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Spotlight On: Royal Young, ‘Fame Shark’ Author

I met Royal Young after his first day of recording audio for his memoir, Fame Shark. We met for a beer at El Castillo de Jagua on the Lower East Side in Manhattan, a place he frequented quite often as a kid for the sunnyside-up eggs and homey vibes. Royal, born Hazak Brozgold in 1985 to a mental health professional and an artist, grew up in the grit and grime of a crime ridden, “Duane Reade-less” Delancey Street. Through Royal and his perpetual quest for fame, Fame Shark viscerally captures the shallows of American celebrity culture, and the boundless, complicated nature of Jewish family.

I spoke with Royal about his turbulent childhood, perceptions on celebrity culture, and his new outlook on the depths of fame, addiction, and family.

In the beginning of your book, you ask Rene Russo for her autograph and tell her, “I’ll always sign my name for kids, I promise.” You also hold items like your vintage Cat Stevens jacket in very high esteem. Since then, how has your perception on the power and significance of celebrity ephemera shifted?

If anything, my relation to celebrity has lessened and weakened because A) it took me to such dark places and B) because in my work as a journalist I ended up doing what I thought I wanted, which was a closeness to celebrity. And when you are that close you realize that people are people and everyone is a human being with their issues and neuroses and fuck ups. But at the same time, now signing my actual book for people and giving that to them—I do understand how important it can be. I understand when parents come up to me and they want me to sign a book for their kid—so I kind of kept that promise, in a weird way.

You explore your sexual identity in great depth throughout Fame Shark. You’re sexually harassed at eight years old by a female classmate, explore homosexuality for fame, and generally find yourself in twisted relationships with emotionally unavailable females. When and how did you get to the point of self-love and less to the point of self-destruction?

I just got tired. The self-destruction, whether it’s through pursuing fucked sexual relationships or fucked connections with disturbed people, it just really starts to weigh on you so much, and there came a point when I was just forced to let it go. I just couldn’t do it anymore—physically or mentally. I was just so lonely, desperate, and at the end of my rope, that I kind of forced myself to break down those walls and barriers that were keeping me from connecting in a real way to women romantically and to people as friends. I eradicated all that from my life.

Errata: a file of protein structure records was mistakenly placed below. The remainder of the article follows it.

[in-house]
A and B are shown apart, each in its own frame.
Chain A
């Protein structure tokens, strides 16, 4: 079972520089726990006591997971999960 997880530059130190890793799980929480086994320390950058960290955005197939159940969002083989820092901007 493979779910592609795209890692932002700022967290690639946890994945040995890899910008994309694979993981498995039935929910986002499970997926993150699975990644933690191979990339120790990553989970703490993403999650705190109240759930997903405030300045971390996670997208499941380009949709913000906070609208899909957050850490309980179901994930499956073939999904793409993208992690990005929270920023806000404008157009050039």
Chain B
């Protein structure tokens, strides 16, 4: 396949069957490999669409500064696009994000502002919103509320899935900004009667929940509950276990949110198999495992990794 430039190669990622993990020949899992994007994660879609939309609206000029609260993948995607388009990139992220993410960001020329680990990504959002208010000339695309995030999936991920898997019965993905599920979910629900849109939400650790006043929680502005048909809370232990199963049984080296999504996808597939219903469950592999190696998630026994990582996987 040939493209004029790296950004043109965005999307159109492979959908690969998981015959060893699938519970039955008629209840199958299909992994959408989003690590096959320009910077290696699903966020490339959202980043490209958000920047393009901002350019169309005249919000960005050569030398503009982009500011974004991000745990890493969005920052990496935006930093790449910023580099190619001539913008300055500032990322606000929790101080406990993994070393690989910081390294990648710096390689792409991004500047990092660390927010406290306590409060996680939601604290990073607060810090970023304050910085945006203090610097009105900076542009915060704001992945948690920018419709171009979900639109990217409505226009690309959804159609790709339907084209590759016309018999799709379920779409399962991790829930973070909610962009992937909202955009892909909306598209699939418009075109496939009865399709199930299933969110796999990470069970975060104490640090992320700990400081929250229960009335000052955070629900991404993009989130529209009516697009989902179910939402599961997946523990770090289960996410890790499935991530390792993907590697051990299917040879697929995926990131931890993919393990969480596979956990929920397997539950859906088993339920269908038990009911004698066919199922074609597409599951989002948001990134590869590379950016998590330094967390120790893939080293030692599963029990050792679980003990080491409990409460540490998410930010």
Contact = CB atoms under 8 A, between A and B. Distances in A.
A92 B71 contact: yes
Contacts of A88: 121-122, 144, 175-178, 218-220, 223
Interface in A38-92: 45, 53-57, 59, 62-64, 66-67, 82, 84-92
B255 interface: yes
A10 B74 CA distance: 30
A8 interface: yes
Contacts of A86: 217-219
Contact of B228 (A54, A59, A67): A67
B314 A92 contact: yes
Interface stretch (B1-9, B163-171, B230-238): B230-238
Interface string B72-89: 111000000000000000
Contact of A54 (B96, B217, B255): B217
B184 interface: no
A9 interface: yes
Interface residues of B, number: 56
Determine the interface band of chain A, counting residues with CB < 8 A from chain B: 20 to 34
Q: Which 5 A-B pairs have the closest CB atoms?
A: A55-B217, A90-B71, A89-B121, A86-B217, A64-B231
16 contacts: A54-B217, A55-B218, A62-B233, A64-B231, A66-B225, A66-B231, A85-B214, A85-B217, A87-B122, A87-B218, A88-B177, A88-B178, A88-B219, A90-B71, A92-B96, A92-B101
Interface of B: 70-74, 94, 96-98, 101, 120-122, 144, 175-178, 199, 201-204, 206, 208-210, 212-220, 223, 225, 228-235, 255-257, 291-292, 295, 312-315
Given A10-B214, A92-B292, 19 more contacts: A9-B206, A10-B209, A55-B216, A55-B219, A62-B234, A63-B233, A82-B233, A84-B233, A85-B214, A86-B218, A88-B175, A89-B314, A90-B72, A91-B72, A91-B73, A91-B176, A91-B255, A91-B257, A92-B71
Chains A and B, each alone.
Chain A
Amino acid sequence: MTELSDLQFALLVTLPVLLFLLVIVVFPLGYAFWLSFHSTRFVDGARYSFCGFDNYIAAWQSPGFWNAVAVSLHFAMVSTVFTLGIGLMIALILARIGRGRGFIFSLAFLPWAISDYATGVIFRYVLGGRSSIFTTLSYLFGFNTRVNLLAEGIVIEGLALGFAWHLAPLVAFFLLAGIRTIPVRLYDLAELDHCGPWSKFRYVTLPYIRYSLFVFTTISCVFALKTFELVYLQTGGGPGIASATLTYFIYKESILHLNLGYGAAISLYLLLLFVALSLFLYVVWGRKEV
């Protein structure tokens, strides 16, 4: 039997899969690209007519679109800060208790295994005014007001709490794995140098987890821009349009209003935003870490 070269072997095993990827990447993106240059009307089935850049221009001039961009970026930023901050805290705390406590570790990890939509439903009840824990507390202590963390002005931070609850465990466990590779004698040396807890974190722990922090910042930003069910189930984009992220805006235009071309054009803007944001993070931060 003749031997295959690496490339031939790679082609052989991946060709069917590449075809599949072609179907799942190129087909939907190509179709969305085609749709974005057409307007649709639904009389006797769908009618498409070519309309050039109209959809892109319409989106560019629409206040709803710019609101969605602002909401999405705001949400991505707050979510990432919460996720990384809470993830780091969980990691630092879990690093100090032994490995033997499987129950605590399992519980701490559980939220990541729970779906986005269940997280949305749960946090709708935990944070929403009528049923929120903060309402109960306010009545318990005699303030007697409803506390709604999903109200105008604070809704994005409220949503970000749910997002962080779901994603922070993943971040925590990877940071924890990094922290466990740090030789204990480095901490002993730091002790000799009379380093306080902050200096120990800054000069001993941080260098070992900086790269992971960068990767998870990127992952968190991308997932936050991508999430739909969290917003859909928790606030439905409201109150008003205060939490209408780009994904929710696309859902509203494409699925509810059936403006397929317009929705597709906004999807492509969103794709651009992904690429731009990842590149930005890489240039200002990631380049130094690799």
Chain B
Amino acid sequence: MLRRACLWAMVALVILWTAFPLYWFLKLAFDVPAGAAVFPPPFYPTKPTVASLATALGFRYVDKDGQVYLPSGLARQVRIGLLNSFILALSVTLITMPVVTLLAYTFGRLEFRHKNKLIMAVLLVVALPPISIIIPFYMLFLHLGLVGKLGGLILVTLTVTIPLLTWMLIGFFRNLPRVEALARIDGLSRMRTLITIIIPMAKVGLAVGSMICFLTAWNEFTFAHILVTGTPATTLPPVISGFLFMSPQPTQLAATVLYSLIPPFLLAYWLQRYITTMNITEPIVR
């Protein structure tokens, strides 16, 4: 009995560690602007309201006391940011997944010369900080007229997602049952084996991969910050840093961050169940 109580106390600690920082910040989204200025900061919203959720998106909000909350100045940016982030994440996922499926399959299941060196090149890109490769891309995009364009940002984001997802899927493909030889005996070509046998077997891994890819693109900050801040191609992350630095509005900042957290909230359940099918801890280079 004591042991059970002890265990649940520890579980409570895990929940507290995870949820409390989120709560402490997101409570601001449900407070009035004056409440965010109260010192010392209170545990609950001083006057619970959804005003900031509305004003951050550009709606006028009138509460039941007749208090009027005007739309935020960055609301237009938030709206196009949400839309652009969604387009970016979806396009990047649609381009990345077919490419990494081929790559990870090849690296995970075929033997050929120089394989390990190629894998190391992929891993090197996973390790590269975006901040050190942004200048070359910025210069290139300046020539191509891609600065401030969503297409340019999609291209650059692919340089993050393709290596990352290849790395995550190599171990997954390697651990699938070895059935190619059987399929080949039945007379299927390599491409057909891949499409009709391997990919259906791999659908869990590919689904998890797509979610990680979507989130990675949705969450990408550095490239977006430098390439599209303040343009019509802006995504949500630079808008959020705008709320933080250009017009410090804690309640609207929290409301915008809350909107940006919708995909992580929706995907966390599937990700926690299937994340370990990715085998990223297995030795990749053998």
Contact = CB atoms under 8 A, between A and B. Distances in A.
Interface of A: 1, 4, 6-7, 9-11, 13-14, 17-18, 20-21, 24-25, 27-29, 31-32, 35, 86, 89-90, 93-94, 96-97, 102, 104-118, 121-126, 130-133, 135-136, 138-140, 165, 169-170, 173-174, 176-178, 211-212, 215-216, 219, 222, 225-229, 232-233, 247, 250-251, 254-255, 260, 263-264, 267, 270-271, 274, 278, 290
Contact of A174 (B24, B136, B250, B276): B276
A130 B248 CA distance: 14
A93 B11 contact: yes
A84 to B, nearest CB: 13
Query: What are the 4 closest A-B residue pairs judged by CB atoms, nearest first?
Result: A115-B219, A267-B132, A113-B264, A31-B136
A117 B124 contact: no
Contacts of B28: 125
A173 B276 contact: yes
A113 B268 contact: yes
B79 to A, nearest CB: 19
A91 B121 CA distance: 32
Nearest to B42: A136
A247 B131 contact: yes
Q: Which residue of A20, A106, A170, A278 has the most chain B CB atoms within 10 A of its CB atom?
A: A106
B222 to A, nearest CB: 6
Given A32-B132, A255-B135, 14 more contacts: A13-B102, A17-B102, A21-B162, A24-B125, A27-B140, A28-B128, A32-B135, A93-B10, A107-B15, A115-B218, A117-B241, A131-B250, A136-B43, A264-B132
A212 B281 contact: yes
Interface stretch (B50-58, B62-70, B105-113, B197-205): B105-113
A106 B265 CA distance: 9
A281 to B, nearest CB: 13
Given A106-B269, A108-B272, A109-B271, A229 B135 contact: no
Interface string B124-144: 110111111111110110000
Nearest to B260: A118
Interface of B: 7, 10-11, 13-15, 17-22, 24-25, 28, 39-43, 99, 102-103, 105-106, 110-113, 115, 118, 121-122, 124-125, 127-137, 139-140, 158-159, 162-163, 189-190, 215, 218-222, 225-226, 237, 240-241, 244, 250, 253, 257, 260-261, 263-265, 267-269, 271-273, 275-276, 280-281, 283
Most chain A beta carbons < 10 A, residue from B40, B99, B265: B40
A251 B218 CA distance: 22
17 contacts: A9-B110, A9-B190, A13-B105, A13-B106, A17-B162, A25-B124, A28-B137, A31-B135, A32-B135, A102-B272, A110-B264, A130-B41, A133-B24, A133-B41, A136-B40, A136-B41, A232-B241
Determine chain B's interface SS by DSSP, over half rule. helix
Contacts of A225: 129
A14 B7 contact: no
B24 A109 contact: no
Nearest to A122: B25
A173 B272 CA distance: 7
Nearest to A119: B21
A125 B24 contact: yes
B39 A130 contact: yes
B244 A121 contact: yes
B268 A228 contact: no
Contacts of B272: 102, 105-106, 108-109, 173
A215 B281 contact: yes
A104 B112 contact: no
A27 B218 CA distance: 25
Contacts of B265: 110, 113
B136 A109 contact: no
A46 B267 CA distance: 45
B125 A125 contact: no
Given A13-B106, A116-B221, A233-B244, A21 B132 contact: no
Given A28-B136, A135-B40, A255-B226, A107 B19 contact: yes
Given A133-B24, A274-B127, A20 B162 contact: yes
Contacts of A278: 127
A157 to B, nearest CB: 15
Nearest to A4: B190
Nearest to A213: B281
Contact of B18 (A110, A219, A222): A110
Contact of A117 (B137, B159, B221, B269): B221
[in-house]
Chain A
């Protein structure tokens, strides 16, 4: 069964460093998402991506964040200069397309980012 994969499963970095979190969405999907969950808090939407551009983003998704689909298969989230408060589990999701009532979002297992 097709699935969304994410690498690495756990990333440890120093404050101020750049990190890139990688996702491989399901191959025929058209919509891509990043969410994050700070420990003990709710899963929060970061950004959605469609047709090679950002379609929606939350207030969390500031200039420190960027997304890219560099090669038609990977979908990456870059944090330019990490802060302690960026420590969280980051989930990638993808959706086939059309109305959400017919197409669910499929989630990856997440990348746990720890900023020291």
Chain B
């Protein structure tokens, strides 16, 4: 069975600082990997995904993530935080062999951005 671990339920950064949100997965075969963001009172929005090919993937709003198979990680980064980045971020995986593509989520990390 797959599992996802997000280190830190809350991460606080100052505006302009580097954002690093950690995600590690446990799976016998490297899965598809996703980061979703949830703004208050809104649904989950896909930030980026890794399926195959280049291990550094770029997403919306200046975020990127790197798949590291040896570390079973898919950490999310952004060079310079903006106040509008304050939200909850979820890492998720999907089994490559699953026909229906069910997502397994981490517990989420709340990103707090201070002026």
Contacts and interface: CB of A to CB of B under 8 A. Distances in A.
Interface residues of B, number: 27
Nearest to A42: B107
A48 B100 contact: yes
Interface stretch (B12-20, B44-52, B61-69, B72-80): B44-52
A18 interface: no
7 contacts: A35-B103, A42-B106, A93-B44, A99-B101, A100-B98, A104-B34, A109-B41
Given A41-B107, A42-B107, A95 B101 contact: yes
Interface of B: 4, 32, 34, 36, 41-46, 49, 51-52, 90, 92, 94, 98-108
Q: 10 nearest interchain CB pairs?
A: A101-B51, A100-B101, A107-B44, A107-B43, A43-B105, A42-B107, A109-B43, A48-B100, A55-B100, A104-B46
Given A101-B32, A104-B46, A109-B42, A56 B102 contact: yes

That being said, the “normal” relationships I’ve had since the book ended, have had their own tumult, weird passion, and kinkiness. You know the saying, “we accept the love we think we deserve”? It was just about deciding that maybe I deserved a little bit more.

There are no boundaries in your family.

There still aren’t!

I very much related to that part of the book, and it has me wondering, do you think it’s more of a Jewish family thing or an artistic family thing?

It’s totally a Jewish thing and totally an artistic family thing. In terms of Judaism, I was raised Jewish, so culturally it was about constantly questioning. If certain cultures I was exposed to contained sex or violence, as the world does, that was never censored in my family. For me, Jewish guilt is not the same as Catholic guilt. Catholic guilt I see more about censorship or original sin. Jewish guilt is more about “visit your mom, stay in the conflict, and never leave the home.” Jewish families fight and it’s crazy and weird, but they never leave each other. Jews stay in it, no matter what. So that’s part of it.

From the artistic side, my parents, both as artists and mental health professionals, were never about censorship. It was just not part of the language they spoke. They would have rather me experience those things and explain it to me. That was healthier—me asking the questions and them being able to provide an answer. It was also just living in the Lower East Side in the 90s surrounded by hookers and my dad’s penis plates and orgy paintings; they just couldn’t ignore it.

In the book, you left rural Vermont at Bennington College to back to New York City, depressed and pathless. When did you end up getting your degree and where?